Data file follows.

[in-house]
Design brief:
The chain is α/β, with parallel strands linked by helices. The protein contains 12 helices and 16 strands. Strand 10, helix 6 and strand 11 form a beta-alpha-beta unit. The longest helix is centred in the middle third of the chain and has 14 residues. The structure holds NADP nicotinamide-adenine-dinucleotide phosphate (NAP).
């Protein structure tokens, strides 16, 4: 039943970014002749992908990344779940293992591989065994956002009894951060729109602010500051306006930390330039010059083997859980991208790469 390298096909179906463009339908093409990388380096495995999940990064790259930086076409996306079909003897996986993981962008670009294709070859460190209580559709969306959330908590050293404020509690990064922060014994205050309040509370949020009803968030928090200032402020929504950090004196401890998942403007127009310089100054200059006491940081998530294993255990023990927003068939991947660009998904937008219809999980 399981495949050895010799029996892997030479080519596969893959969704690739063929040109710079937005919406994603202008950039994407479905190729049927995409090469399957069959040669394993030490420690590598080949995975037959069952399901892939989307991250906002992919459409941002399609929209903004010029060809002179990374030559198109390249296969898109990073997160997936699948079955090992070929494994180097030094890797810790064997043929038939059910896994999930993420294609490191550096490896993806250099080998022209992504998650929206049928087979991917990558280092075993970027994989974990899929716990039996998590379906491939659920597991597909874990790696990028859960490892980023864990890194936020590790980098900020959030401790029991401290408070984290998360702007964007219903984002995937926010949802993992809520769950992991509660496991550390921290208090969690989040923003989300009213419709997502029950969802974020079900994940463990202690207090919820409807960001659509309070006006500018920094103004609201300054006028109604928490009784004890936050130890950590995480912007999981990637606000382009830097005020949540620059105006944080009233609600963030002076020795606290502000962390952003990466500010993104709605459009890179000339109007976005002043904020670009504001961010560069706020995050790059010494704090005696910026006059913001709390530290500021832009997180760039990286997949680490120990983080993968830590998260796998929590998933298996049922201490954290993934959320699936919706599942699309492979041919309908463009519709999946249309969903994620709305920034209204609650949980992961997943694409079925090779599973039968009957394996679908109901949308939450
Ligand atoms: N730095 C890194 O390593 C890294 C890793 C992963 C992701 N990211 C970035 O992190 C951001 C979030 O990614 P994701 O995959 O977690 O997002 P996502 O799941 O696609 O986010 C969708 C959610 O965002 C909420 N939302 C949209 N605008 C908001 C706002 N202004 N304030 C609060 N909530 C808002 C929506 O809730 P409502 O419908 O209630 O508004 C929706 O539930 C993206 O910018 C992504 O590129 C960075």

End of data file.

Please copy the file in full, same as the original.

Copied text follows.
[in-house]
Design brief:
The chain is α/β, with parallel strands linked by helices. The protein contains 12 helices and 16 strands. Strand 10, helix 6 and strand 11 form a beta-alpha-beta unit. The longest helix is centred in the middle third of the chain and has 14 residues. The structure holds NADP nicotinamide-adenine-dinucleotide phosphate (NAP).
């Protein structure tokens, strides 16, 4: 039943970014002749992908990344779940293992591989065994956002009894951060729109602010500051306006930390330039010059083997859980991208790469 390298096909179906463009339908093409990388380096495995999940990064790259930086076409996306079909003897996986993981962008670009294709070859460190209580559709969306959330908590050293404020509690990064922060014994205050309040509370949020009803968030928090200032402020929504950090004196401890998942403007127009310089100054200059006491940081998530294993255990023990927003068939991947660009998904937008219809999980 399981495949050895010799029996892997030479080519596969893959969704690739063929040109710079937005919406994603202008950039994407479905190729049927995409090469399957069959040669394993030490420690590598080949995975037959069952399901892939989307991250906002992919459409941002399609929209903004010029060809002179990374030559198109390249296969898109990073997160997936699948079955090992070929494994180097030094890797810790064997043929038939059910896994999930993420294609490191550096490896993806250099080998022209992504998650929206049928087979991917990558280092075993970027994989974990899929716990039996998590379906491939659920597991597909874990790696990028859960490892980023864990890194936020590790980098900020959030401790029991401290408070984290998360702007964007219903984002995937926010949802993992809520769950992991509660496991550390921290208090969690989040923003989300009213419709997502029950969802974020079900994940463990202690207090919820409807960001659509309070006006500018920094103004609201300054006028109604928490009784004890936050130890950590995480912007999981990637606000382009830097005020949540620059105006944080009233609600963030002076020795606290502000962390952003990466500010993104709605459009890179000339109007976005002043904020670009504001961010560069706020995050790059010494704090005696910026006059913001709390530290500021832009997180760039990286997949680490120990983080993968830590998260796998929590998933298996049922201490954290993934959320699936919706599942699309492979041919309908463009519709999946249309969903994620709305920034209204609650949980992961997943694409079925090779599973039968009957394996679908109901949308939450
Ligand atoms: N730095 C890194 O390593 C890294 C890793 C992963 C992701 N990211 C970035 O992190 C951001 C979030 O990614 P994701 O995959 O977690 O997002 P996502 O799941 O696609 O986010 C969708 C959610 O965002 C909420 N939302 C949209 N605008 C908001 C706002 N202004 N304030 C609060 N909530 C808002 C929506 O809730 P409502 O419908 O209630 O508004 C929706 O539930 C993206 O910018 C992504 O590129 C960075």